Gout pain can be intense and feel like fire in the joints. Gout is a type of inflammatory arthritis that causes severe pain, swelling, and redness in the joints. While it can affect any joint, it most commonly affects joints in the toes (usually the big toe), feet, knees, and elbows.
Symptoms of a gout attack generally reach their maximum intensity 12-24 hours after they start and then slowly subside on their own. Without treatment, you can expect to recover within 7-14 days.
What is chronic tophaceous gout?
Some people experience gout only in the form of attacks or episodes. These attacks can occur 1-2 times a year or throughout their entire lifetime. In between the attacks, they may have no symptoms at all.
Chronic gout is characterized by recurrent attacks that are accompanied by mild symptoms even between attacks. During the interval between attacks, you may experience pain and other symptoms that are then exacerbated during an attack.
Chronic gout often results in hard deposits or bumps of uric acid crystals under the skin. These hard deposits are referred to as tophi, which are painless but cause inflammation that contributes to bone and cartilage destruction. The condition is called chronic tophaceous gout.
Tophi typically occur around joints in the olecranon bursa, hands, feet, or at the pinna of the ear. Tophi are not always permanent and can be dissolved with treatment.
Can you have high blood uric acid levels but no gout symptoms?
Gout typically causes high uric acid levels in your blood, a condition called hyperuricemia. However, in some cases you may have high uric acid levels in your blood without developing symptoms of gout. This is called asymptomatic hyperuricemia.
Even if you have asymptomatic hyperuricemia and are at increased risk of developing gout, doctors typically do not recommend treatment during this period. They may, however, suggest lifestyle changes such as exercise, a healthy diet, and limiting alcohol to help lower uric acid levels. If you have asymptomatic hyperuricemia, your doctor will conduct tests to rule out other causes.
Hyperuricemia does not always lead to gout attacks. You may have normal uric acid levels in your blood during an attack.
How is gout diagnosed?
If you are experiencing gout pain, seek medical attention. Early diagnosis and treatment are crucial to avoid worsening the condition.
Your doctor will ask about your symptoms and other relevant medical history and perform a physical examination. To confirm a diagnosis, they will order blood tests, including a serum uric acid test that measures your uric acid level. Other tests include:
- Rheumatoid arthritis (RA) factor test: RA factor test is a blood test that is used to confirm a diagnosis of rheumatoid arthritis. Many times, gout symptoms resemble RA symptoms, especially during the interval between the attacks of chronic gout. Therefore, your doctor may order this test to determine whether the symptoms are due to RA.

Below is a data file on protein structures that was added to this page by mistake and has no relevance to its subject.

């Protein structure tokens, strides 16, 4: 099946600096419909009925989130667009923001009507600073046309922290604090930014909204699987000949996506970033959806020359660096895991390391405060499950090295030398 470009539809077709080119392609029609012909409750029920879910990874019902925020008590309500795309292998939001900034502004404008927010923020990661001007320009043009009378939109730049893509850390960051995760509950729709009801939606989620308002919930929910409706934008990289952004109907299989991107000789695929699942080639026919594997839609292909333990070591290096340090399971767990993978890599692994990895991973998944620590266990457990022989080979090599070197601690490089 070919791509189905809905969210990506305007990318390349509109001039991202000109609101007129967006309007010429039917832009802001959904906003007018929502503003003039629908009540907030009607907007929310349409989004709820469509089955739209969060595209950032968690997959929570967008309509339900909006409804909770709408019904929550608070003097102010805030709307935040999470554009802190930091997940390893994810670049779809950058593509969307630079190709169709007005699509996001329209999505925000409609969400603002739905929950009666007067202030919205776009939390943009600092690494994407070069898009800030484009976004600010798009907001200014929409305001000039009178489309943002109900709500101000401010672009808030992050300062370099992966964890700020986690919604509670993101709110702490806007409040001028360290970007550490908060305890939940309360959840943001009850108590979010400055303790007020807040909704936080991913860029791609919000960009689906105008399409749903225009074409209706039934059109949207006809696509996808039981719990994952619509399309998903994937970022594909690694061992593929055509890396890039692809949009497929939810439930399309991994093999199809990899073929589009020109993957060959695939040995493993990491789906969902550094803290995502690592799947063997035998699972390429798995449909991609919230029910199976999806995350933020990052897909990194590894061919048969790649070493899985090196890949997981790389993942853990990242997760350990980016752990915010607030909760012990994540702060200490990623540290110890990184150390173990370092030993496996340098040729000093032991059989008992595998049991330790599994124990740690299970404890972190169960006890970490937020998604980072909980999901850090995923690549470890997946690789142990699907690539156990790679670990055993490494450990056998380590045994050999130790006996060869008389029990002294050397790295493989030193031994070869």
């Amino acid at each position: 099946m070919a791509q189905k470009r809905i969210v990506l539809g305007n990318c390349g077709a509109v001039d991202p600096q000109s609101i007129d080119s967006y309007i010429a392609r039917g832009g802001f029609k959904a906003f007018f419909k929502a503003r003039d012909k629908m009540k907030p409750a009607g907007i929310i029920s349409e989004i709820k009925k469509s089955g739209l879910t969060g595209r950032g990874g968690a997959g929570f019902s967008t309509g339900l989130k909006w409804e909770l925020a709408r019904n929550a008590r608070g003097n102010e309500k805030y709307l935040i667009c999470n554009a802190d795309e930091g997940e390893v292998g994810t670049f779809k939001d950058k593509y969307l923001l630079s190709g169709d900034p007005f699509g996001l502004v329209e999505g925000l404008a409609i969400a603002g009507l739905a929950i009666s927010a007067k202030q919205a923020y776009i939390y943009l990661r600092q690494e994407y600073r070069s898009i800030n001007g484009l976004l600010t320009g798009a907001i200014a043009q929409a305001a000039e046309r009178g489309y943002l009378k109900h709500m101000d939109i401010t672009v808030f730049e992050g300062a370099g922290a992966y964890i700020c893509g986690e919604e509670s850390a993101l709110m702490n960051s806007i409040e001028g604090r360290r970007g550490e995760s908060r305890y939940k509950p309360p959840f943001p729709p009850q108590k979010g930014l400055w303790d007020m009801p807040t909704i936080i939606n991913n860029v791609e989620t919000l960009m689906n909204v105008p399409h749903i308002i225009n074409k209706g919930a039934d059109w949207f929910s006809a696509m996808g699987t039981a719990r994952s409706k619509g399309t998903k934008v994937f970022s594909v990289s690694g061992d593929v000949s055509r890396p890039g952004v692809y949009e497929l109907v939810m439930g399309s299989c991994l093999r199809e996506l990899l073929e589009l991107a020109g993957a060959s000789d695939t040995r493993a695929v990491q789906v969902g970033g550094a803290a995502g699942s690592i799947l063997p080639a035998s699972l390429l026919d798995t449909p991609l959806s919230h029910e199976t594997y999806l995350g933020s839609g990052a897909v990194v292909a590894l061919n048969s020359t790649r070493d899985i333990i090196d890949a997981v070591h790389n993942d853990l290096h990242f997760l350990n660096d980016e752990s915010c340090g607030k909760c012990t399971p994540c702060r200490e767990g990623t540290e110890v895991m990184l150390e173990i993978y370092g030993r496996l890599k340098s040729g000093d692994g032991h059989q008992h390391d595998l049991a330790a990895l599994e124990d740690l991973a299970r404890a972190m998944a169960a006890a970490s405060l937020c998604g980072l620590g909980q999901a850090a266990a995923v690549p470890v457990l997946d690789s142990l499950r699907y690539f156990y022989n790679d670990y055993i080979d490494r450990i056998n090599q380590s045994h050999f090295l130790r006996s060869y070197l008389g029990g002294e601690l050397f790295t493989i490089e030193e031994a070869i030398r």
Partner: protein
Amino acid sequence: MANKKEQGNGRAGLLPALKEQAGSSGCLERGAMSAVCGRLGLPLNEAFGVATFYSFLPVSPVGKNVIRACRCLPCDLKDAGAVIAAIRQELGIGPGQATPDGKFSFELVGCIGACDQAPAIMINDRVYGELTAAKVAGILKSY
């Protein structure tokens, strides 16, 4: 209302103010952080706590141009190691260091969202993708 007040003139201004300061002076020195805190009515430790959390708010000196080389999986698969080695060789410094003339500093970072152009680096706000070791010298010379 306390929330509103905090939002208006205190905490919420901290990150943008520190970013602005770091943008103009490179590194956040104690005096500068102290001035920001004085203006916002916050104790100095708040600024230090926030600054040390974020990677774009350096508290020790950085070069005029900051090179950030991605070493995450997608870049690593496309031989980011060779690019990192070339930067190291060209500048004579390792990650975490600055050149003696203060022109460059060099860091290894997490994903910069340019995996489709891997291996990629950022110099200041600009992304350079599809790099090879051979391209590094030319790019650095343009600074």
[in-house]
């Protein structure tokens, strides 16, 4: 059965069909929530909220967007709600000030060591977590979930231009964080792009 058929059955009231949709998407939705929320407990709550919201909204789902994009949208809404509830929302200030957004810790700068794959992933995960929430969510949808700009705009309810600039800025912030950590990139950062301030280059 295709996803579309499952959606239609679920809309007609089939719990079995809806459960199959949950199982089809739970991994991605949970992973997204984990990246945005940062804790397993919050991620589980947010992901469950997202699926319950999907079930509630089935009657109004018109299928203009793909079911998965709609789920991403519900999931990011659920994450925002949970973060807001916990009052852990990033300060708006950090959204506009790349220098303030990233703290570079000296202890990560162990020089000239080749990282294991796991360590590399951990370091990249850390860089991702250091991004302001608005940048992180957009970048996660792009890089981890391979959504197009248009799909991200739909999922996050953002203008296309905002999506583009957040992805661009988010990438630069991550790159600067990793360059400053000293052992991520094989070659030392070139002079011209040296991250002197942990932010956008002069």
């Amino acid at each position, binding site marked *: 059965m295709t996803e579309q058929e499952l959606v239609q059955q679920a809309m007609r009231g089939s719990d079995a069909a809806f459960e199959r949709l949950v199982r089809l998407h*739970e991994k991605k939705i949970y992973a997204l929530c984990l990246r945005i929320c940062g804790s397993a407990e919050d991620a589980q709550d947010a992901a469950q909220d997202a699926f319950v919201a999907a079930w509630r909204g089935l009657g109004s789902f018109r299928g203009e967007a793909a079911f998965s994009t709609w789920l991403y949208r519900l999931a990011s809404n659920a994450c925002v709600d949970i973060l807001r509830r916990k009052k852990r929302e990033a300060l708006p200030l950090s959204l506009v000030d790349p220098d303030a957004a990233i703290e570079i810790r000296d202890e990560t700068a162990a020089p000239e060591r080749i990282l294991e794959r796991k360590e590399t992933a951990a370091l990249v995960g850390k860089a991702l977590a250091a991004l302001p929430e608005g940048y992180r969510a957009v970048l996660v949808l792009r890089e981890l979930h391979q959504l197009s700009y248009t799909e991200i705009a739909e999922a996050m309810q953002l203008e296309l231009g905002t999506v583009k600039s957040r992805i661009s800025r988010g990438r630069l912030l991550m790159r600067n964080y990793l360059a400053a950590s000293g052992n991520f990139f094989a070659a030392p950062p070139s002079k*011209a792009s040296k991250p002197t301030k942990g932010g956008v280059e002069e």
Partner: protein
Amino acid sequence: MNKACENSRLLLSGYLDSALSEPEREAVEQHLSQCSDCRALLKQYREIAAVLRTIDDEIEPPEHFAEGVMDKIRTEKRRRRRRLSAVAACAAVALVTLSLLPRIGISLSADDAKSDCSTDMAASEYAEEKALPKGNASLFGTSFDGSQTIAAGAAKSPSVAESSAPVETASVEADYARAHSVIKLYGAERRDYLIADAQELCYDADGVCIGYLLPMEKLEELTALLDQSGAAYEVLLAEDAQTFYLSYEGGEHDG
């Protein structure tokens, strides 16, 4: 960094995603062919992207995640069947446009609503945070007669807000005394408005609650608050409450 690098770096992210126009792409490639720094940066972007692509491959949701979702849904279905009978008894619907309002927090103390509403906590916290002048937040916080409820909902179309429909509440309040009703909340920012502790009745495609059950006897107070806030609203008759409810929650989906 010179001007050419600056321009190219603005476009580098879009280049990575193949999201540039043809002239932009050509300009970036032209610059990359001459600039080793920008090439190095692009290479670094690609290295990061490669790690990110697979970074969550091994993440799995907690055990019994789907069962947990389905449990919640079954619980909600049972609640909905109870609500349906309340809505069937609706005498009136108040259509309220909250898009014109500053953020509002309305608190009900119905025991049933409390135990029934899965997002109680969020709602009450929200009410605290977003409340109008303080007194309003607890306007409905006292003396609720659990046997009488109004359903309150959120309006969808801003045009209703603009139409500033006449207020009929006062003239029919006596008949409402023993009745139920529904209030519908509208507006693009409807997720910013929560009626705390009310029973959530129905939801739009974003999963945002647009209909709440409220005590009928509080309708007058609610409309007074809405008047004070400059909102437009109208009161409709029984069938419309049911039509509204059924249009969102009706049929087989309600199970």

- X-ray: Your doctor will order an X-ray to rule out other conditions that resemble gout, such as chondrocalcinosis (a buildup of calcium crystals in the joints) or other forms of arthritis. If you have chronic gout, your doctor may order an X-ray to check whether the condition has damaged joint cartilage and bones.
- Ultrasound scan: An ultrasound scan of an affected joint can detect uric acid crystals, which may not be detected by physical examination.
- Joint fluid analysis or test: If your doctor wants to rule out septic arthritis, which is an infection of the joints, they may draw fluid from the affected joint and send it for lab analysis.
How is gout treated?
Your doctor may suggest dietary changes that involve avoiding foods that contain purines, which are naturally occurring substances that form uric acid in the body.
Medications may be prescribed, which you can take during gout attacks to alleviate the inflammation and pain:
Can lifestyle changes help relieve gout pain?
Certain lifestyle changes can help reduce the recurrence of gout attacks:
- Avoiding foods with high levels of purines
- Red meat
- Organ meat
- Fatty fish, such as cod and salmon
- Foods containing yeast extract
- Avoiding sugary drinks, such as sodas and sweetened fruit juices
- Avoiding or limiting alcohol intake (beer and spirits)
- Drinking enough water to prevent dehydration, which promotes tophi formation
- Keeping weight under control
- Staying away from crash diets or high-protein low-carb diets
- Staying physically active and performing exercises that avoid strain on the joints
Rothschild BM. Gout and Pseudogout. Medscape. https://emedicine.medscape.com/article/329958-overview
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